Students enter the world of Australian Antarctic expeditioners

Monday 21 June, 2004

Students visiting the Australian Antarctic Division (AAD) schools displays in Hobart's Salamanca Square this week will get a great feel for the kind of gear that expeditioners need to work and survive in the extreme conditions of Antarctica.

Camps will be set up to closely resemble those used by AAD people who travel south. Students can see inside the shelters expeditioners sleep and work in when out on field trips, clamber over snow vehicles used to travel over the frozen and difficult Antarctic terrain, talk through hand-held communication devices and try on the special clothing our people wear to keep out the cold.

Some people find it surprising that the tents we use in field camps today are much the same design used by the explorers early last century, although modern fabrics are used now.

Early explorers to Antarctica used very different methods to travel over the snow and ice. Britain's Robert Scott and his party used man-hauling sleds to the South Pole only to perish on the way back to their main base. Australia's Douglas Mawson used dog teams to haul sleds on the ill-fated southern journey where his two companions Lieutenant Belgrave Ninnis and Doctor Xavier Mertz lost their lives.

Things have come a long way since then. Today the Australian Antarctic Division uses modern polar vehicles such as articulated Hagglunds which are specially designed for the tricky land conditions in Antarctica. This amazing vehicle can carry five people with gear and even operate in water if it breaks though the ice.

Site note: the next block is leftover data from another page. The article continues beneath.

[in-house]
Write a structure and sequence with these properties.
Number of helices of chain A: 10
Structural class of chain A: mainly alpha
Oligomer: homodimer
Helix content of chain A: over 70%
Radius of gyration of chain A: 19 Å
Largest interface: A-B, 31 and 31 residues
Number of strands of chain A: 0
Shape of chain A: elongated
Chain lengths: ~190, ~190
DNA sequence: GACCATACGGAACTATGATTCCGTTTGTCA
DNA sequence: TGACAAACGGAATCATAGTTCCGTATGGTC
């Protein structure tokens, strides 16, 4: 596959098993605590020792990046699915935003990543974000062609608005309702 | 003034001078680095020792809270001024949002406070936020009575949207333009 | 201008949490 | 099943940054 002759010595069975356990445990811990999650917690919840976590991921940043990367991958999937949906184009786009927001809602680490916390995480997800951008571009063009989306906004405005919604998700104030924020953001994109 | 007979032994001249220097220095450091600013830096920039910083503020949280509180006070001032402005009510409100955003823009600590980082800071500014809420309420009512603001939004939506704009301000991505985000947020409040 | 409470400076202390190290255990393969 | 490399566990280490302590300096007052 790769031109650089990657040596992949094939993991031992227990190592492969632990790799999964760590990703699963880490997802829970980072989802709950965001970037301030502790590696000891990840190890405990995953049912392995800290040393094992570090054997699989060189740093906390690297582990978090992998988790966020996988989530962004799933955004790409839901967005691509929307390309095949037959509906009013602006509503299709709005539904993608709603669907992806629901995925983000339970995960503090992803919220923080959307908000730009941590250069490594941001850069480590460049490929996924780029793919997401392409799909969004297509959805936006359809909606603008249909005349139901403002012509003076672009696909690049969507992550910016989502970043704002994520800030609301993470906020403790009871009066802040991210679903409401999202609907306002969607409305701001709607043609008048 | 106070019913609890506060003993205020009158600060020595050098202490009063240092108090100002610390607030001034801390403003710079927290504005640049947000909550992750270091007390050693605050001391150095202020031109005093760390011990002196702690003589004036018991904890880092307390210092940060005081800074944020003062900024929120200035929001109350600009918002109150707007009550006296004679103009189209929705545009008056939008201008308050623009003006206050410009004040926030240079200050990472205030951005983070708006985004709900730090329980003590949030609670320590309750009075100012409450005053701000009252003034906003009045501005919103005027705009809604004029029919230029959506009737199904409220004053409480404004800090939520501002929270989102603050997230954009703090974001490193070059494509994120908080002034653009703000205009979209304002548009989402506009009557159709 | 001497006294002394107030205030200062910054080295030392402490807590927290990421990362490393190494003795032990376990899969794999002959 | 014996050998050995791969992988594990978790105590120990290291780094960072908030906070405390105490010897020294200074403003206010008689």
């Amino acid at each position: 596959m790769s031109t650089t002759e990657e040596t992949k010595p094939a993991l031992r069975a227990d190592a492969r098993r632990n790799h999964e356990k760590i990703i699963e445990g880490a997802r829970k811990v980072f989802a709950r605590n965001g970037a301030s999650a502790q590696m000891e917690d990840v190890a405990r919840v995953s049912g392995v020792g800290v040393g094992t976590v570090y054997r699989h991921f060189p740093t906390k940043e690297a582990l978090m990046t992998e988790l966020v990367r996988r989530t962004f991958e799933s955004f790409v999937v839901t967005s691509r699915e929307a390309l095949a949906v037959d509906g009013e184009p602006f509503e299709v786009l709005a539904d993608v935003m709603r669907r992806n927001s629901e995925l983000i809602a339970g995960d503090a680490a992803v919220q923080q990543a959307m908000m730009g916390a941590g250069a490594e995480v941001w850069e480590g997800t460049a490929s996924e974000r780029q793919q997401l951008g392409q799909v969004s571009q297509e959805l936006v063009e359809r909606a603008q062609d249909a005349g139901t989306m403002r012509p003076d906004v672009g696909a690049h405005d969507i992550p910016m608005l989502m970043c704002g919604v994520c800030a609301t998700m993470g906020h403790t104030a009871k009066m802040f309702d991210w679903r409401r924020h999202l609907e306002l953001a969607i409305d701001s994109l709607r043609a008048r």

Communications are a vital part of survival in Antarctica. In particular, expeditioners who work away from the stations must be able to make contact or be contacted when the need arises. Circumstances can change very quickly so it's essential that communications are reliable. Today's communications are very sophisticated compared with the early days when an occasional coded telex or an HF radio call once in a while was the best you could hope for. These days expeditioners can email and phone family and friends from Antarctica.

The AAD's communications display will include everything from two-way radios to satellite phones and solar-powered systems that will intrigue the technically minded.

Antarctic conditions require specially-designed clothing to cope with severe cold to minus 40°C and biting winds that regularly gust to around 200 kph during blizzards. The AAD has a specialist clothing store to cater for the 300 or so expeditioners who head south every season. It's not enough just to keep out the cold, people must also be able to stay warm enough to work in conditions that can freeze flesh within minutes. Students are encouraged to try on the freezer suits, balaclavas and huge mittens worn in Antarctica.

Australian Antarctic Division experts will guide students through this comprehensive school display with an emphasis on fun and learning.